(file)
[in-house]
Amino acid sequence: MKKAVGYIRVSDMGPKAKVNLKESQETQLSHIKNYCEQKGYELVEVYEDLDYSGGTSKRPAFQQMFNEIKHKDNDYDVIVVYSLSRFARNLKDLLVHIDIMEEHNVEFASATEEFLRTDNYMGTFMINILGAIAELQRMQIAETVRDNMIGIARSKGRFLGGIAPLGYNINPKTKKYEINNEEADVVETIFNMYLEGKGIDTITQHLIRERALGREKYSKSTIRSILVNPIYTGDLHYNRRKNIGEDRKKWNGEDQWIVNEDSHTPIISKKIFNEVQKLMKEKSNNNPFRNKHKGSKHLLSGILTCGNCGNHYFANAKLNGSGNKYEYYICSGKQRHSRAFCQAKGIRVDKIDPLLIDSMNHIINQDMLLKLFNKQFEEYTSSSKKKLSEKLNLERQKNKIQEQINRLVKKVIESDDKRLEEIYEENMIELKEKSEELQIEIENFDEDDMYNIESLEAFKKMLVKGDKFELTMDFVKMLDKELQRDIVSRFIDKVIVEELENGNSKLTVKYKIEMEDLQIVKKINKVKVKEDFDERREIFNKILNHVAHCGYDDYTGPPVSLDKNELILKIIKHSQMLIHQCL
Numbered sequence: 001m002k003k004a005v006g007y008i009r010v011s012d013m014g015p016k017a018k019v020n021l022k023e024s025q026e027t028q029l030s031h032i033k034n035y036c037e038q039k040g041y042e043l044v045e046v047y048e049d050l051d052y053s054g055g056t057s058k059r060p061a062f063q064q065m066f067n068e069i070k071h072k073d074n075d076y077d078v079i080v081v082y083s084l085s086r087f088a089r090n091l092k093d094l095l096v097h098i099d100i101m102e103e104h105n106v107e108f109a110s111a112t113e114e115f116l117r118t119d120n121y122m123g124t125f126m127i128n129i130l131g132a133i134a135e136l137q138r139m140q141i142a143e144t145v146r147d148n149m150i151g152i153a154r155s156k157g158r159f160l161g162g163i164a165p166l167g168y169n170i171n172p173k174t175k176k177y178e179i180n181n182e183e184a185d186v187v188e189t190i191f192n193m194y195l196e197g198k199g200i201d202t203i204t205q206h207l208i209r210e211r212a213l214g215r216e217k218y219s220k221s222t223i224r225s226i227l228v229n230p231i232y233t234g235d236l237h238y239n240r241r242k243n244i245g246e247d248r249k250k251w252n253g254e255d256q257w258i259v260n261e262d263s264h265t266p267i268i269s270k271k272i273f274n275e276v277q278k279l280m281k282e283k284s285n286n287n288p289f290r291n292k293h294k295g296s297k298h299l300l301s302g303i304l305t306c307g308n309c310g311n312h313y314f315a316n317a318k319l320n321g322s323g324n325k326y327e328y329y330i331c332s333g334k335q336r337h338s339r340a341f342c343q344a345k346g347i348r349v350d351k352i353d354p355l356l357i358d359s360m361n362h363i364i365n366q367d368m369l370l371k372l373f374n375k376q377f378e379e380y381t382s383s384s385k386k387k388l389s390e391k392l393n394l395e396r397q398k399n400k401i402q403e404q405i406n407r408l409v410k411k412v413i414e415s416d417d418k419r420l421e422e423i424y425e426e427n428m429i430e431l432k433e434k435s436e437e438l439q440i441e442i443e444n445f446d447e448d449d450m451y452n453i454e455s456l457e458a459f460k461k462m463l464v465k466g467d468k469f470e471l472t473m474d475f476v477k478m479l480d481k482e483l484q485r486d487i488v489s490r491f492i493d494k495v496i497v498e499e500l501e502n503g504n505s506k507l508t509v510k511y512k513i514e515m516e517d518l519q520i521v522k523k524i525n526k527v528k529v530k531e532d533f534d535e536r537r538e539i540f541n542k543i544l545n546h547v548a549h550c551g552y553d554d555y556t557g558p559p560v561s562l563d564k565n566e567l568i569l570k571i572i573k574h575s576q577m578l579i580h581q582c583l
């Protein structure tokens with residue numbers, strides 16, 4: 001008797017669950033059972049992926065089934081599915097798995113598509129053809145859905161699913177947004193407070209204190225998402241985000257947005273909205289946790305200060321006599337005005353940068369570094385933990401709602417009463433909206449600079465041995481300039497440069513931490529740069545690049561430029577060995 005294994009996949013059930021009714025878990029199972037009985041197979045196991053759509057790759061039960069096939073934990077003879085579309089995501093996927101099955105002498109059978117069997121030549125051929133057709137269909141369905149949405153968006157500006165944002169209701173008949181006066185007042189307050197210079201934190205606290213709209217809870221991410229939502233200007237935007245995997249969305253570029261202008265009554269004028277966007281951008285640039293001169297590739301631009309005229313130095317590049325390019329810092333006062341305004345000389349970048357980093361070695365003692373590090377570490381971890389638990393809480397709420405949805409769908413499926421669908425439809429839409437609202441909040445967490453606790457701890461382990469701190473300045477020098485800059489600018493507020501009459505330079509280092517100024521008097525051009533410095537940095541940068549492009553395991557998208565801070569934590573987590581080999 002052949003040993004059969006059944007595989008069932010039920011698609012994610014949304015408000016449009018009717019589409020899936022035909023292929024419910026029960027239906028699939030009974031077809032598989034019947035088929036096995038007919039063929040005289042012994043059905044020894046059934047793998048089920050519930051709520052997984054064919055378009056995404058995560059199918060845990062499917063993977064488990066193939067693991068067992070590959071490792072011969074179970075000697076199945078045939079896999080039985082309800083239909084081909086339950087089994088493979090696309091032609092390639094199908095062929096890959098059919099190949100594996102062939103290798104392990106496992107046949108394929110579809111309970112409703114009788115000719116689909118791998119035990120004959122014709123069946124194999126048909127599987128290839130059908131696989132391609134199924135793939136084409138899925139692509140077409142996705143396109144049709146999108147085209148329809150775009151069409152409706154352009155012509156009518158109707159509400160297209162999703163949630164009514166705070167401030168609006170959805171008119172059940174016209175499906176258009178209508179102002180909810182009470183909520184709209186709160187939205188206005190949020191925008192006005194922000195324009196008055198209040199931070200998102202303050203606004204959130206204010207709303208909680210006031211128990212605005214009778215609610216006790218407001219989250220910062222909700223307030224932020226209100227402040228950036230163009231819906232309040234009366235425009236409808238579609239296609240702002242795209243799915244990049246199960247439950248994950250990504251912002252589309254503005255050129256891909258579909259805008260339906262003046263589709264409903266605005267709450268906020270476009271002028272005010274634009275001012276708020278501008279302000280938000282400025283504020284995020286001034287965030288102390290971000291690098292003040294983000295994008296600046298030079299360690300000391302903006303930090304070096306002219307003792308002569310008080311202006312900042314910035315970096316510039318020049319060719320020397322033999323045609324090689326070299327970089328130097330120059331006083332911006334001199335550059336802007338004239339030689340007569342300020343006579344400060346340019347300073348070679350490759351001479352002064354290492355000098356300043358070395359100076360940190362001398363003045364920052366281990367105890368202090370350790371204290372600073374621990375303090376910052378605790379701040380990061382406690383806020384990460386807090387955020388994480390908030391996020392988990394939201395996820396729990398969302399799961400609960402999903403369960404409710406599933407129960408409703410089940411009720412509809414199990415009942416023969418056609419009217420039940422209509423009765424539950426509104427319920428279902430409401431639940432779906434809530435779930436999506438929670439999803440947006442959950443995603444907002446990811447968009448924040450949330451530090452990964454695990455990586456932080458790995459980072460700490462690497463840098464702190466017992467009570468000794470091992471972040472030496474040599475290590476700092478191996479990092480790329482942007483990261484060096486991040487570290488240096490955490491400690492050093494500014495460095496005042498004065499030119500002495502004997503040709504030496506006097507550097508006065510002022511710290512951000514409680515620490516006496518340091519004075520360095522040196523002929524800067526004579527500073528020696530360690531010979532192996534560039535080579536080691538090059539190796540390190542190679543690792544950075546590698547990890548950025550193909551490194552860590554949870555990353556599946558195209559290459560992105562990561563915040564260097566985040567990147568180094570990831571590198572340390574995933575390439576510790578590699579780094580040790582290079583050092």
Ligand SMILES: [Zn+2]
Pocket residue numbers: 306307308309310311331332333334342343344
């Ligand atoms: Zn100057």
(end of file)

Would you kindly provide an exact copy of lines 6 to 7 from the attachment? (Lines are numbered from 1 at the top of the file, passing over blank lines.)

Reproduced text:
Pocket residue numbers: 306307308309310311331332333334342343344
């Ligand atoms: Zn100057």